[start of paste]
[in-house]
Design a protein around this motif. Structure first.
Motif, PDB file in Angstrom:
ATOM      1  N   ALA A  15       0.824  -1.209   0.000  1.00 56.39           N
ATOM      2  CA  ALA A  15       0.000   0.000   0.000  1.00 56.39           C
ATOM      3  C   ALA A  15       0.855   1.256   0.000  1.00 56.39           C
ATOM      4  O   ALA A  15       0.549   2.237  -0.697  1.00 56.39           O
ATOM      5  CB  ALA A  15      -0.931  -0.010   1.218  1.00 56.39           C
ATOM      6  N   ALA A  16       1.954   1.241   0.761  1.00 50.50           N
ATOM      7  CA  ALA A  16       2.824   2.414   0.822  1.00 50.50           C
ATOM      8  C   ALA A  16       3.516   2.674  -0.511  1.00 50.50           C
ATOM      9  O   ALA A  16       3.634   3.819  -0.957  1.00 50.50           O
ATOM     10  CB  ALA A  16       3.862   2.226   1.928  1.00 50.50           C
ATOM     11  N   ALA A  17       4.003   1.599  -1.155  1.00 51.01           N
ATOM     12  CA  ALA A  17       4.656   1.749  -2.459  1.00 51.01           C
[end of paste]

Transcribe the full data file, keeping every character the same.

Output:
[in-house]
Design a protein around this motif. Structure first.
Motif, PDB file in Angstrom:
ATOM      1  N   ALA A  15       0.824  -1.209   0.000  1.00 56.39           N
ATOM      2  CA  ALA A  15       0.000   0.000   0.000  1.00 56.39           C
ATOM      3  C   ALA A  15       0.855   1.256   0.000  1.00 56.39           C
ATOM      4  O   ALA A  15       0.549   2.237  -0.697  1.00 56.39           O
ATOM      5  CB  ALA A  15      -0.931  -0.010   1.218  1.00 56.39           C
ATOM      6  N   ALA A  16       1.954   1.241   0.761  1.00 50.50           N
ATOM      7  CA  ALA A  16       2.824   2.414   0.822  1.00 50.50           C
ATOM      8  C   ALA A  16       3.516   2.674  -0.511  1.00 50.50           C
ATOM      9  O   ALA A  16       3.634   3.819  -0.957  1.00 50.50           O
ATOM     10  CB  ALA A  16       3.862   2.226   1.928  1.00 50.50           C
ATOM     11  N   ALA A  17       4.003   1.599  -1.155  1.00 51.01           N
ATOM     12  CA  ALA A  17       4.656   1.749  -2.459  1.00 51.01           C